For more, make sure to check out our dedicated lifestyle section.

Sunday, 24 July 2022

71 kg of Food Per Capita Thrown Away in Croatia Every Year

ZAGREB, 24 July 2022 - About 71 kg of food per capita is thrown away in Croatia every year, totalling over 280,000 tonnes, and 76% of that comes from households, while the EU average is 53%, the president of the Food Waste Prevention Centre (CEPOH), Branka Ilakovac, has told Hina.

Prevention and educating citizens has not been recognised in Croatia as key in the fight against the creation of food waste, she said, underlining the importance of expert organisations constantly informing and educating all age groups and sectors.

CEPOH has launched an EU project to build capacities for the Green Deal made to the measure of local communities in order to help everyone who wishes to donate food.

The HRK 442,500 project is mostly financed by the European Social Fund and will last 15 months.

Preventing the creation of food waste is the most important step in food waste management as recommended by the European Commission, Ilakovac said.

It is possible to significantly reduce food waste by educating customers to change daily habits in buying, preparing and consuming food, she said, adding that during the 2020 COVID lockdown, households reduced food waste by 10%.

She said a CEPOH survey showed that nearly half the respondents cited an excess of food prepared as the reason for food waste in their household.

Ilakovac underlined the need to raise awareness of the fact that food waste polluted the air, the soil and underground waters.

Twenty-five percent of habitable areas and 70% of drinking water are used for the world's food production, which is the cause of 30% of greenhouse gases, 80% of deforestation, and one of the major causes of change in land use and biodiversity loss, she said.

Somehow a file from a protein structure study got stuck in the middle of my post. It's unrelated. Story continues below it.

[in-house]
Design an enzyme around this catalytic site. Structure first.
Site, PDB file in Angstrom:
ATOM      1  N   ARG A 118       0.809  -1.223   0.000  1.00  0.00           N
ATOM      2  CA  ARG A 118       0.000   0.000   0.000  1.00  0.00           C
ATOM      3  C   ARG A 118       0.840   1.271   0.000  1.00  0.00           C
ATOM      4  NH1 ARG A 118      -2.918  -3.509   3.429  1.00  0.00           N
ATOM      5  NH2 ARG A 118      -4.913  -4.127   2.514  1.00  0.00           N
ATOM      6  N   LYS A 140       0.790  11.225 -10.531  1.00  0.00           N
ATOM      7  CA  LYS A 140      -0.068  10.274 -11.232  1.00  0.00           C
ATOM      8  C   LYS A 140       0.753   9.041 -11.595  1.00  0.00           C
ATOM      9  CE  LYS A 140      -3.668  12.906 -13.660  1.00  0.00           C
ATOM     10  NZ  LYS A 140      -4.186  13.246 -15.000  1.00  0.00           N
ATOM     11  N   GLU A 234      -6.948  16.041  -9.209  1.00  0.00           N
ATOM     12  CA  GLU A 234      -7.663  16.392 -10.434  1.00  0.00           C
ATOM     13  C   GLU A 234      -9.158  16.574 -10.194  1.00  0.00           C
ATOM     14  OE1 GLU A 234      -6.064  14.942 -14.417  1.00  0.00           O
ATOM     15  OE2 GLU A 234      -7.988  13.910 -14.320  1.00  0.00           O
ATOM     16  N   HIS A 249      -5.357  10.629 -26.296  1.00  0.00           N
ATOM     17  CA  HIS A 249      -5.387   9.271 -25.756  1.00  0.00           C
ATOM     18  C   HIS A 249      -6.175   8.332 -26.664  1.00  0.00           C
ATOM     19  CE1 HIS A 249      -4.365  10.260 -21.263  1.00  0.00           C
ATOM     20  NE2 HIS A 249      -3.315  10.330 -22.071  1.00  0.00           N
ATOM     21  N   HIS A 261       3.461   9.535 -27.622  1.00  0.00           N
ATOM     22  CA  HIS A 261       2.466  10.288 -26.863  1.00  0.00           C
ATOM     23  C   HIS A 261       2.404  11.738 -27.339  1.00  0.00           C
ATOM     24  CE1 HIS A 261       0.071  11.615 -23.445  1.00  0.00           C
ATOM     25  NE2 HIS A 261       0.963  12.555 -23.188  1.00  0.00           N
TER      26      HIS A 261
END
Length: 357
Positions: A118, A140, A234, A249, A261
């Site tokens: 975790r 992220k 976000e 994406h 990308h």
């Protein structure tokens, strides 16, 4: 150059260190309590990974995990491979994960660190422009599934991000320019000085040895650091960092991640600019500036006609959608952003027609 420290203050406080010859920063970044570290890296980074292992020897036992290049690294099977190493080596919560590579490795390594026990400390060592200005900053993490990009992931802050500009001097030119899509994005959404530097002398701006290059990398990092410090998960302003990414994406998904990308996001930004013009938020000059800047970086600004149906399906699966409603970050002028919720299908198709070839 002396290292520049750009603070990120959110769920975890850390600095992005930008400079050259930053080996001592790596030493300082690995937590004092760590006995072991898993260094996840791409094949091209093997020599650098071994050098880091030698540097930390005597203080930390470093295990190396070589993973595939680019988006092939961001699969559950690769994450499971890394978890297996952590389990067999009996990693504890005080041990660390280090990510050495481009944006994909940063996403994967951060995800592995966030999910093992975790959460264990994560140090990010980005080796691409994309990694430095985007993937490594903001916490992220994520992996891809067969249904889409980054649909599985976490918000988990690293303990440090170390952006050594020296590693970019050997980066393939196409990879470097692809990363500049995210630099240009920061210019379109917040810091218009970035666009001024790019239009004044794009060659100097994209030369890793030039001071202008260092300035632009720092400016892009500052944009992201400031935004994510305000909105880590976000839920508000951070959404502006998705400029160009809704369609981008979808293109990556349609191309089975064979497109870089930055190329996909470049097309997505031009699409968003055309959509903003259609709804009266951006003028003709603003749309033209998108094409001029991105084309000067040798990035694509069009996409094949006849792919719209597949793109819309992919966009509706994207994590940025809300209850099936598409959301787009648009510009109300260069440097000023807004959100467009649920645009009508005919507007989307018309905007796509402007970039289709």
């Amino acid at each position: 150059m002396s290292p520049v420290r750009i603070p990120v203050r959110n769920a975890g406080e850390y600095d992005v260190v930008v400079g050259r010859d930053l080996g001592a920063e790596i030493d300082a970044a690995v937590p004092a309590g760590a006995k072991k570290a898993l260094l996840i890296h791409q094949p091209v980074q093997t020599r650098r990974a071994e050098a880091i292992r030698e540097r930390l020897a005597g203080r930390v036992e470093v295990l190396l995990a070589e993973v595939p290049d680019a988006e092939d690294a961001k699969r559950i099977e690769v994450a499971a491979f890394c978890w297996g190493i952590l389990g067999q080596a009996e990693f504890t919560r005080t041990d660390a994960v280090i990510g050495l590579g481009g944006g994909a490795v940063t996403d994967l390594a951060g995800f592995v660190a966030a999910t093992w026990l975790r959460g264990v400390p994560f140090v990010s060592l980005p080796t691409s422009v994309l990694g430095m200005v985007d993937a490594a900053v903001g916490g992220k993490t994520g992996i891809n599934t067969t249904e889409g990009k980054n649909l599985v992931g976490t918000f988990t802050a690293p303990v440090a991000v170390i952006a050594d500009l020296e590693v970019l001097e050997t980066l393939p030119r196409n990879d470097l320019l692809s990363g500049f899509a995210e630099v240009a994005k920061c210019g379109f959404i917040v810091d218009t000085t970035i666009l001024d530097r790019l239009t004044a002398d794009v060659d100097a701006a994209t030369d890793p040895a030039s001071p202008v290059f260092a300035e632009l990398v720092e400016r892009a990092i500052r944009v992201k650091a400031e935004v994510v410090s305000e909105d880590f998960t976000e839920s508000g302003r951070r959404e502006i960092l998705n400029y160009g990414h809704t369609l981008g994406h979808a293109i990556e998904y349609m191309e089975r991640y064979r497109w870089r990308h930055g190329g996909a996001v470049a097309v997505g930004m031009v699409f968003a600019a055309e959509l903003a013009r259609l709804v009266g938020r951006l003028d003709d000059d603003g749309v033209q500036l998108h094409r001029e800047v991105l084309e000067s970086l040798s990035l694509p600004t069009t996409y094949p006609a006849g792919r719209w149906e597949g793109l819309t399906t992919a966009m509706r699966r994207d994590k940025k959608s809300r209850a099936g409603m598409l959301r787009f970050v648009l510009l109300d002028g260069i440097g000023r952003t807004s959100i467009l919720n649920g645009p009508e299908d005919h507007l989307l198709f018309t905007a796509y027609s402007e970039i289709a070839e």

That also accelerates climate change, which in turn affects the safety, quality and availability of food, she added.

Throwing food is also a moral problem because of the many socially vulnerable, undernourished and hungry people, whose numbers will only increase due to global inflation and climate change, she said.

According to estimates, EU countries throw away 88 million tonnes of food, causing a cost of €143 billion, she said, adding that Croatia, as an EU member state, set the target of reducing the throwing of food by 50% by 2030, which is also in line with the UN's Sustainable Development Goals.

Ilkovac also said that Croatia had drawn up a 2019-22 plan to prevent and reduce food waste.

For more, check out our lifestyle section.

Saturday, 23 July 2022

Love Croatian Brunch? Zagreb Declared Second Best Brunch City in Europe

July the 23rd, 2022 - Do you love a good, hearty Croatian brunch? If marendas, as they're commonly referred to here, are your thing, then Zagreb is the place to come to. This city has just been voted the second best European city for brunch.

As Ana Blaskovic/Poslovni Dnevnik writes, the Croatian capital has been ranked as one of the top cities in Europe this summer for a good brunch. The City of Zagreb was crowned the second best city for eating brunch, or as we call it, marenda, a meal that falls somewhere between breakfast and lunch, with a score of 8.85 out of a maximum of 10.